View State

• “View State” is a state that keeps the current state of the web page, during post back.
• Post Backing: The web page gets re-loaded automatically, whenever the user performs an event at run time. Here, the page will be submitted to the same page itself. This process is called as “Post Backing”. For example, if the user clicks on a button, the page will be posted back.
• At the time of post backing, the web page will be closed and the same web page will be re-loaded. In fact, the textbox values / list box selections etc., would not be re-loaded, if “View State” concept is not implemented.
• Because of “View State”, ASP.NET is able to get the web page to the previous state, as it is submitted at the time of post back.
• As a part of this “View State”, at the time of Post Backing, ASP.NET automatically saves the current values of the controls in a separate string temporarily. After re-loading the page, the controls values will be re-stored to its previous state, based on the values in view state string.
• In fact, the “View State” is maintained automatically by ASP.NET, you don’t require to implement it.

Transferring Information between Pages With Query String

• The query string is the URL, displayed in the browser’s address bar.
• When you want to pass one or more values from one page to another page as arguments, you can send them with the “Query String”, in the following format.
Syn: http://localhost:portno/WebSiteName/WebPage.aspx?parameter=value
Ex: http://localhost:portno/WebSiteName/WebPage.aspx?n=100

• When you want to pass multiple values with the query string, use the following format:
Syn: http://localhost:portno/WebSiteName/WebPage.aspx?parameter1=value1& parameter2=value2
Ex: http://localhost:portno/WebSiteName/WebPage.aspx?n1=140&n2=98
• To get the parameter value in the next page, use this syntax:
Syn: Request.Params[“parameter name”]
Ex: Request.Params[“n”]
The above syntax gets the value of the given parameter, in string format.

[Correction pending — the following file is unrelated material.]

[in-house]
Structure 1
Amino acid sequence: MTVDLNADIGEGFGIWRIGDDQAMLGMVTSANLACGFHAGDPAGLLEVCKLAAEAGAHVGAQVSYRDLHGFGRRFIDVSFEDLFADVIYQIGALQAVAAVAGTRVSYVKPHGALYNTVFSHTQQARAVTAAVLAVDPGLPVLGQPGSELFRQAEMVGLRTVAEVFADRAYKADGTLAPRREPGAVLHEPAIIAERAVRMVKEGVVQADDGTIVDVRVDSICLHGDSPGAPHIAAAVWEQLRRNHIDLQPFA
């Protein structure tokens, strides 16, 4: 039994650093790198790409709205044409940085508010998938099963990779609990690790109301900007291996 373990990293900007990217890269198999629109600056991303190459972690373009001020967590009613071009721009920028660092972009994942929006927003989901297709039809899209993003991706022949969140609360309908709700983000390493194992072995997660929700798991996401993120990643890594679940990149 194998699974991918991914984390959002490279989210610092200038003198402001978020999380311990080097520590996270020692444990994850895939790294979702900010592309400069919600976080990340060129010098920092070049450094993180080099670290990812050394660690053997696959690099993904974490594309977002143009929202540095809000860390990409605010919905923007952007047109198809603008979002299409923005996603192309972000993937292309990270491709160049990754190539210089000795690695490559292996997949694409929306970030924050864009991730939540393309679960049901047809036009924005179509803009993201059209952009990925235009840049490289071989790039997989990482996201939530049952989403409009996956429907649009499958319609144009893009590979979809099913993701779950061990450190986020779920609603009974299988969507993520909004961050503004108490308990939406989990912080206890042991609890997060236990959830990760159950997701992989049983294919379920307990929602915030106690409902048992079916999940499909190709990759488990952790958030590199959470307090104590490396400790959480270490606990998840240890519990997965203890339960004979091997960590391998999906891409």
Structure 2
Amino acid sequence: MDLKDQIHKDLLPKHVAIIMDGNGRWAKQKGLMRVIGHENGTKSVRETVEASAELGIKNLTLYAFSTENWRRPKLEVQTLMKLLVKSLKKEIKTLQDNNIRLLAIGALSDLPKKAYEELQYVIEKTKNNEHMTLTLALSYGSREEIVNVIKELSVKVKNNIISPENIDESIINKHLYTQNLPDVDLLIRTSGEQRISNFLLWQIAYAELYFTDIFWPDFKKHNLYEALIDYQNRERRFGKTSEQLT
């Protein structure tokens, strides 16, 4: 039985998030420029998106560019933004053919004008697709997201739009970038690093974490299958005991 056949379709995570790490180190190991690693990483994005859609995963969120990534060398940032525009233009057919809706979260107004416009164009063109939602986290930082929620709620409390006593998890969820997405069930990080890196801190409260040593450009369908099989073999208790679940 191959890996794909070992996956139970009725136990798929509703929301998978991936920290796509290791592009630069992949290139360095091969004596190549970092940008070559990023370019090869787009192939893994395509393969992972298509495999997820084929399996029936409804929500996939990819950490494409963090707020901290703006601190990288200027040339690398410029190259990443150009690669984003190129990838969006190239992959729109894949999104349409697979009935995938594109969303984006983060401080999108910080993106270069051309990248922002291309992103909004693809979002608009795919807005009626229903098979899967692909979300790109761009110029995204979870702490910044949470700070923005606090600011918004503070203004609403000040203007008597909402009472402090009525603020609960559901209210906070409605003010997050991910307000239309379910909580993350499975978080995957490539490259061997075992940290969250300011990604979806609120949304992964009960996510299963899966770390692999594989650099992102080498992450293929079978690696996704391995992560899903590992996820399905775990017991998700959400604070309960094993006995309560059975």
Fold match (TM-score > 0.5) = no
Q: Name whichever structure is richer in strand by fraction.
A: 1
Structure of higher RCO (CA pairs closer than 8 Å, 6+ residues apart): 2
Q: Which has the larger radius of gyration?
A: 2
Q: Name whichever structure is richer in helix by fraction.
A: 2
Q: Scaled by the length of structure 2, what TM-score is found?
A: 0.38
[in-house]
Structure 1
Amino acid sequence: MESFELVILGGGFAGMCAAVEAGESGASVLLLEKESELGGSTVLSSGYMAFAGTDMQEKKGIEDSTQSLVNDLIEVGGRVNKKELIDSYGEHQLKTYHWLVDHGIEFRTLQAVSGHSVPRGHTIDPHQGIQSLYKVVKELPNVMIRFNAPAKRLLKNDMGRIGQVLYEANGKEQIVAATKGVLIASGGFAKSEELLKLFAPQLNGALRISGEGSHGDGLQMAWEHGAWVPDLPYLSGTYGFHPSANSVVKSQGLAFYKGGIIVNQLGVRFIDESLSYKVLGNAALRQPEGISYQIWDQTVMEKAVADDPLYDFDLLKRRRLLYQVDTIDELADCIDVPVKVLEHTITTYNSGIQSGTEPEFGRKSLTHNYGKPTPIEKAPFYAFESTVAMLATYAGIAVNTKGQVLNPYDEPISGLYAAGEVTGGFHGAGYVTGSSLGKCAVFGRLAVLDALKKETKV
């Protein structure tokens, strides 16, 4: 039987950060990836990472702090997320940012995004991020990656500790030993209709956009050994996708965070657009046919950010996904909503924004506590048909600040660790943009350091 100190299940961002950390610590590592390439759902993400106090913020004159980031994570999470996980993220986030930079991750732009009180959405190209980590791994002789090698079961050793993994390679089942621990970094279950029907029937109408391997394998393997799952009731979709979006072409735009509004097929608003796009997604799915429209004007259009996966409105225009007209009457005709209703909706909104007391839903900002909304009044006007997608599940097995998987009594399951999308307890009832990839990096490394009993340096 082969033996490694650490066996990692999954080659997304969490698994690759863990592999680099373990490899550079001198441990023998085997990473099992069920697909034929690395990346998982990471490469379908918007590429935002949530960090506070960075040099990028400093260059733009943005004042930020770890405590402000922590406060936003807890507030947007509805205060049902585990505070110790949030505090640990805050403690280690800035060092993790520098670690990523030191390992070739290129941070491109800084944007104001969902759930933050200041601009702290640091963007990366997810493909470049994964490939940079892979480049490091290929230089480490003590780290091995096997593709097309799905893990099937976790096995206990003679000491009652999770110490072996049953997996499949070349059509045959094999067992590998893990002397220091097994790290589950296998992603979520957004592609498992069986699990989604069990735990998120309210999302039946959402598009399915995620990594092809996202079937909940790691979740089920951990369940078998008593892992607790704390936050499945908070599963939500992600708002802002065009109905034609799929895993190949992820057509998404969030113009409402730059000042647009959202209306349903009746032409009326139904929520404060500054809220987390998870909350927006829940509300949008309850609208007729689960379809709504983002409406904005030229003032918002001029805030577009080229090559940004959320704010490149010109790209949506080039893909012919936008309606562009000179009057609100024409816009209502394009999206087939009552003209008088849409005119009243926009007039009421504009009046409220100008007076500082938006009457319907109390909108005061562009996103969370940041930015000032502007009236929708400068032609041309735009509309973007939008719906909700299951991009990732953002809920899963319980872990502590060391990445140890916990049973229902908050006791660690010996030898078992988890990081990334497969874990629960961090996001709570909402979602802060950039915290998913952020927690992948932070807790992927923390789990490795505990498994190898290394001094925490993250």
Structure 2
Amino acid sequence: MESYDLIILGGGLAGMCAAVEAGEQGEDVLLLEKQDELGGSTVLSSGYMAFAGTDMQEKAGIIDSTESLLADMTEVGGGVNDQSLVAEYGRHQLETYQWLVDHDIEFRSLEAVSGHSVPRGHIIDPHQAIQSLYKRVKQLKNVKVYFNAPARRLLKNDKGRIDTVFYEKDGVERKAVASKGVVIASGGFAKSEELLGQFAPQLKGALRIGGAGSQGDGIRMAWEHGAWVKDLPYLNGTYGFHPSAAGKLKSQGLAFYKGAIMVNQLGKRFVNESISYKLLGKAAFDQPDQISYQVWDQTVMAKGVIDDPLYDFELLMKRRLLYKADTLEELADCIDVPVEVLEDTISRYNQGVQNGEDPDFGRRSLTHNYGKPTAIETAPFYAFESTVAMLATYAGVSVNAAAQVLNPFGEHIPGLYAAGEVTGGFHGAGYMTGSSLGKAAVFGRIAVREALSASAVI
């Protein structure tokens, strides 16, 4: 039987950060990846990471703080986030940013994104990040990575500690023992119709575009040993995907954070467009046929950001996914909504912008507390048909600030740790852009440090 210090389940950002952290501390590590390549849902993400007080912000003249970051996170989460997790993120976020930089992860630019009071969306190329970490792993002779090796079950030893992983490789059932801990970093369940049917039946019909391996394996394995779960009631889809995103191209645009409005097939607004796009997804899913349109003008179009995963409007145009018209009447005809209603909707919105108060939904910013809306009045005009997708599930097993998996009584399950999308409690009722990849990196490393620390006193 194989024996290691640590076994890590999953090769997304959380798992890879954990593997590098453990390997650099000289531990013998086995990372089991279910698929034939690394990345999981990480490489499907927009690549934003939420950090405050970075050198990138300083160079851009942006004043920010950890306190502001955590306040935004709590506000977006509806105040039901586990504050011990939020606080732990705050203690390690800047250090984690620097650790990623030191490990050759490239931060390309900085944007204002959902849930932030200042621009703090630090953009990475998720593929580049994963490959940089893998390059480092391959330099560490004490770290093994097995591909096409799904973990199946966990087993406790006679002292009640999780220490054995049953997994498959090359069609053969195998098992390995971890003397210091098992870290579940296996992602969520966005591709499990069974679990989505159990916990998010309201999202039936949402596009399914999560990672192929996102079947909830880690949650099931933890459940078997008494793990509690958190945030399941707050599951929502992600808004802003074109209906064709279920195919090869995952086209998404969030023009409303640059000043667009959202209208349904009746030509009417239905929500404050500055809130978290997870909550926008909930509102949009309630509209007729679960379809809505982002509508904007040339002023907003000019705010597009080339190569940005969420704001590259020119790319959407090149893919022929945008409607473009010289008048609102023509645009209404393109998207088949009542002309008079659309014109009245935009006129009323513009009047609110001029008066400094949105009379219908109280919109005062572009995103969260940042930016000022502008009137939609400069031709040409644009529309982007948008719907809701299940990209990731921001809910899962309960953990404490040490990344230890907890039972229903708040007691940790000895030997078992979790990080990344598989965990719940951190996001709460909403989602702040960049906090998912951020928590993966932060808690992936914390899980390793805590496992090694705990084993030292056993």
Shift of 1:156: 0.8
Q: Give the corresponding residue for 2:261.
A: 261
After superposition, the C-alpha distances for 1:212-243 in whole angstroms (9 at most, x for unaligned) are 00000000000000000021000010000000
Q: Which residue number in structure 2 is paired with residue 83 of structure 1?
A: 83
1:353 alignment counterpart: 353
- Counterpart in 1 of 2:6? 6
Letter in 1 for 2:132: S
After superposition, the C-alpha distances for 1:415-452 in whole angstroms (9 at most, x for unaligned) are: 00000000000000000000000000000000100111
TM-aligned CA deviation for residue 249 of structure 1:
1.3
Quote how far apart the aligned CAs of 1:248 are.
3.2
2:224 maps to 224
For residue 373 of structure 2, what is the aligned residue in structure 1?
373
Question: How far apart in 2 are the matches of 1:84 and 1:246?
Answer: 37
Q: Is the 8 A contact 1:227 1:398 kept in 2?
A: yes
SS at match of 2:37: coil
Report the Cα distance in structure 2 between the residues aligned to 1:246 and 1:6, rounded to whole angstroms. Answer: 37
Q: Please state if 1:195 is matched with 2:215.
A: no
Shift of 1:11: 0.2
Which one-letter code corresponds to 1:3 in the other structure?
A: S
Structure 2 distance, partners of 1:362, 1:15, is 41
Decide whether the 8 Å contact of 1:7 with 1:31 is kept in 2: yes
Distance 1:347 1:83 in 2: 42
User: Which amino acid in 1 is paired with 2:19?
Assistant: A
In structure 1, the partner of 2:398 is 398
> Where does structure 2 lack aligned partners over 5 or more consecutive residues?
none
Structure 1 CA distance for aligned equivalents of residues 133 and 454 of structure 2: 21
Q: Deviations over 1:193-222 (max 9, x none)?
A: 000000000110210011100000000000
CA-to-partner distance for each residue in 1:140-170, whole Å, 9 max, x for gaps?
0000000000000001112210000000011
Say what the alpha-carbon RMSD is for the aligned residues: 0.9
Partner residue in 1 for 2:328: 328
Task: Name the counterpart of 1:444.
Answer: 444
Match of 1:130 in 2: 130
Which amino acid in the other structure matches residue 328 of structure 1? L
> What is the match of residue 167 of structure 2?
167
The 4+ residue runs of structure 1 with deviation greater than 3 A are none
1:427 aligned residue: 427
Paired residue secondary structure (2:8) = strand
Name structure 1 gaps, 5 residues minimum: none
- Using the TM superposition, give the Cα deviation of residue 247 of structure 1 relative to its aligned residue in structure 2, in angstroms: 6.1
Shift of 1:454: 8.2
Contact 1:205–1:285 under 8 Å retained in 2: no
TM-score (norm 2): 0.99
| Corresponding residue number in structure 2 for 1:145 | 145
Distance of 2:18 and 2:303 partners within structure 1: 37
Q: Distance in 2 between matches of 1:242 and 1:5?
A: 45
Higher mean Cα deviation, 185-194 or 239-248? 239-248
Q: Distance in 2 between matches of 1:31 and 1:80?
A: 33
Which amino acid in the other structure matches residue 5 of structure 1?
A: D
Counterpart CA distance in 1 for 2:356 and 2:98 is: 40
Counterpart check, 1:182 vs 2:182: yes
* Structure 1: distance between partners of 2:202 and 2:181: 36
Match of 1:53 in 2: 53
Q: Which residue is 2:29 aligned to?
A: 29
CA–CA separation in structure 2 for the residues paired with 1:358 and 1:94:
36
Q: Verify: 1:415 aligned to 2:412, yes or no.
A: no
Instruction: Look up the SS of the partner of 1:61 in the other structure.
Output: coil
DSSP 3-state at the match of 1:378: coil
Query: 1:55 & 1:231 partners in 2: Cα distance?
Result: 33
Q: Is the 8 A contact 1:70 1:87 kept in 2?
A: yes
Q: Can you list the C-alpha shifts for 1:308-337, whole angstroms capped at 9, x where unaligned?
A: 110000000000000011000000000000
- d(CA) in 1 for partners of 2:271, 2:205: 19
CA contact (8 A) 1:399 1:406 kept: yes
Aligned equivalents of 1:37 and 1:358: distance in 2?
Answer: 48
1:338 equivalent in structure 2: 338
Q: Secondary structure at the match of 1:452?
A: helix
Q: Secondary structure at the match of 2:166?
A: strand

Demo on Query String with Parameters


    protected void Button1_Click(object sender, EventArgs e)
        string name = TextBox1.Text;
        Response.Redirect("display.aspx?arg=" + name);

    protected void Page_Load(object sender, EventArgs e)
        string name = Request.Params["arg"];
        Label1.Text = "Current User: " + name;

Limitations of Passing Values with Query String: • No security is available, because the argument names and values will be displayed in the browser’s title bar.
• The values can be sent from one page to another page only. But, the values can’t be retrieved from other pages, forwarded from the second page.
• You can share only string values or numerical values among multiple pages. You can’t share objects.
Note: To overcome the above two limitations, “Cookies” concept is introduced.


• A cookie can be used to share values among multiple web pages.
• A cookie will be created as a text file in the “Temporary Internet Files” folder on the client system. This folder location depends on the browser type.
• When compared with “Query String”, the advantage of cookies is, it doesn’t display the values in the address bar.
• Another advantage of “Cookies” is, cookies alive among multiple web pages, not only between one page to another page. That means you can access the values stored in the cookies from any other pages, navigated from the current page.

A.	Assign value to the Cookie:
•	Create cookie object:
HttpCookie obj = new HttpCookie(“name”, “value”);
•	Assign the cookie object to Response:
B.	Get value from the Cookie:

Demo on Cookies


    protected void Button1_Click(object sender, EventArgs e)
        string name =  user;
        HttpCookie ck = new HttpCookie("username", name);
    protected void Page_Load(object sender, EventArgs e)
        string name = Request.Cookies["username"].Value;
        Label1.Text = "Current User: " + name;